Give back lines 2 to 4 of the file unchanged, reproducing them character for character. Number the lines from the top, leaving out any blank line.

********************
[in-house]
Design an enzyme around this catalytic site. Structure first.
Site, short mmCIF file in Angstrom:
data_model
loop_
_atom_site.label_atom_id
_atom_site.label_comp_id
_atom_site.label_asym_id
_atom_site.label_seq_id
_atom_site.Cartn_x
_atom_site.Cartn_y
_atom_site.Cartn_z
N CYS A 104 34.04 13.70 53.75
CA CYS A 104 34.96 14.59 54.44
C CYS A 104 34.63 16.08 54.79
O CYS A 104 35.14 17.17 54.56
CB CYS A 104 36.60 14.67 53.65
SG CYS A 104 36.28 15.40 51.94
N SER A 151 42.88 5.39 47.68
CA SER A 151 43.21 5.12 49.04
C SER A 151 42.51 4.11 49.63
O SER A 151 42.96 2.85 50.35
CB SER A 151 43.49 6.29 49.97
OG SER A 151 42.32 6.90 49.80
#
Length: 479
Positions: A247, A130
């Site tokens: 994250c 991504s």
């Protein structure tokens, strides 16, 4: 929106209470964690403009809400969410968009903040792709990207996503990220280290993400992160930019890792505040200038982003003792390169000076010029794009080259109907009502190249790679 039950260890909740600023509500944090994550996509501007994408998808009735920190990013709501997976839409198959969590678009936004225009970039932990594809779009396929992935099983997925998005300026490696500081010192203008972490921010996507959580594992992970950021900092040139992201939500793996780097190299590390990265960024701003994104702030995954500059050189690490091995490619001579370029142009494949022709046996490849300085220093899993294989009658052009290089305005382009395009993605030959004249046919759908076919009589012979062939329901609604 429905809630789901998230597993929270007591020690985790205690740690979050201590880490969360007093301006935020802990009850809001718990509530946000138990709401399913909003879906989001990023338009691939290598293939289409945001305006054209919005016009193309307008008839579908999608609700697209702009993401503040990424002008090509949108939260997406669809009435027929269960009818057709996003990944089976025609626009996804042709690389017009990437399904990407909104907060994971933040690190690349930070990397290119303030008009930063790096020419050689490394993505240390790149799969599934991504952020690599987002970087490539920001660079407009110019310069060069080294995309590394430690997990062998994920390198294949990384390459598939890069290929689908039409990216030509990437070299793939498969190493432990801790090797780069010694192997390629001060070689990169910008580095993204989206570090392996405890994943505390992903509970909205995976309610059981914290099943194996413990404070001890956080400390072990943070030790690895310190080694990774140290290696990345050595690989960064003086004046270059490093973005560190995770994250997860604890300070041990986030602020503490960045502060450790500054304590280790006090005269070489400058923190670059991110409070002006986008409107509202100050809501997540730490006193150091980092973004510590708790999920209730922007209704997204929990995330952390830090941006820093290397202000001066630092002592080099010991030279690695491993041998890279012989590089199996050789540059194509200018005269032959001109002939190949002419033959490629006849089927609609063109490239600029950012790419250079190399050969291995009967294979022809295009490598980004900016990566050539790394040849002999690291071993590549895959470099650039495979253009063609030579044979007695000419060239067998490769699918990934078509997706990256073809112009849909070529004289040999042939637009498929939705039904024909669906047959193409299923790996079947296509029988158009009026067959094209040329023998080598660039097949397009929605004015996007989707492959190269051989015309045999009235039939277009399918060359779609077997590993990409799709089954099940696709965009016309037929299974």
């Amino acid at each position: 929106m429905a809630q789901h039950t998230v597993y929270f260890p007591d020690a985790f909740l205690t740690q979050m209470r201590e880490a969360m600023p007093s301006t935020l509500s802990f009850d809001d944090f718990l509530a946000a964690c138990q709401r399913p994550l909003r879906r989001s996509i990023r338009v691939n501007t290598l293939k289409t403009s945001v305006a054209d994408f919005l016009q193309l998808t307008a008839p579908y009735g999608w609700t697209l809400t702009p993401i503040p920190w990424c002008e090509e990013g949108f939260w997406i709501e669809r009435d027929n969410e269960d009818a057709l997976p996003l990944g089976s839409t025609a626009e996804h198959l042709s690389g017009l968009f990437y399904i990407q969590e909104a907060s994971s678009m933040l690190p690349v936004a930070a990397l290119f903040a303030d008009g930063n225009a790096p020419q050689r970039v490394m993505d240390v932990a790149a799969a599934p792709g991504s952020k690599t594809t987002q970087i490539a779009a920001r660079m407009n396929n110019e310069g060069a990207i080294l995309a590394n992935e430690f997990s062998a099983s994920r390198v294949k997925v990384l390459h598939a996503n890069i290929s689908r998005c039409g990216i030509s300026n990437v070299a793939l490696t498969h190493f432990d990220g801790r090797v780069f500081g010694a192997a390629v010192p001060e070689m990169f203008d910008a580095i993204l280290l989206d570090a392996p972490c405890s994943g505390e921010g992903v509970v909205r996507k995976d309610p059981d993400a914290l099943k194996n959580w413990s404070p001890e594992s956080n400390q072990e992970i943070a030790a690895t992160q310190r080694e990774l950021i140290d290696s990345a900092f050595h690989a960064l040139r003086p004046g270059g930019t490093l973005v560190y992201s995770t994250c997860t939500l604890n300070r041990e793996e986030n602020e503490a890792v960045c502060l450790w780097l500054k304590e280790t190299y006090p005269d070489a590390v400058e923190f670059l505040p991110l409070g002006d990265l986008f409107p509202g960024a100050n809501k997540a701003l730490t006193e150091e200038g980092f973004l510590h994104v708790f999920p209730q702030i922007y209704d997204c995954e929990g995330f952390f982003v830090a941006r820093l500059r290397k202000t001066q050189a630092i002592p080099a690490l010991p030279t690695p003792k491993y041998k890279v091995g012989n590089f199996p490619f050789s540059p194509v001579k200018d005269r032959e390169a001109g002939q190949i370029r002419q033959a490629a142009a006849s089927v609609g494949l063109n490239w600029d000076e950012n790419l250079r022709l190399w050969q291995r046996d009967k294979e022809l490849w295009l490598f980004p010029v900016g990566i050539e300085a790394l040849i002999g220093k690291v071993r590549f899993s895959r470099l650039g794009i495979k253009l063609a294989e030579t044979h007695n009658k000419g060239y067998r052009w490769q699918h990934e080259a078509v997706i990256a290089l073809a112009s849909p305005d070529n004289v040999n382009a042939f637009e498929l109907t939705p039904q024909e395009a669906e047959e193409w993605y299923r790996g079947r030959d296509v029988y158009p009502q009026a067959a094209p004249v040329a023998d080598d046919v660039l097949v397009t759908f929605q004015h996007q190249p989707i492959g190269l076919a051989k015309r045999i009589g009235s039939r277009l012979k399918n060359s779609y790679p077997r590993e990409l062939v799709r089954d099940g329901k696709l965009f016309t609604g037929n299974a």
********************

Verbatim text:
Design an enzyme around this catalytic site. Structure first.
Site, short mmCIF file in Angstrom:
data_model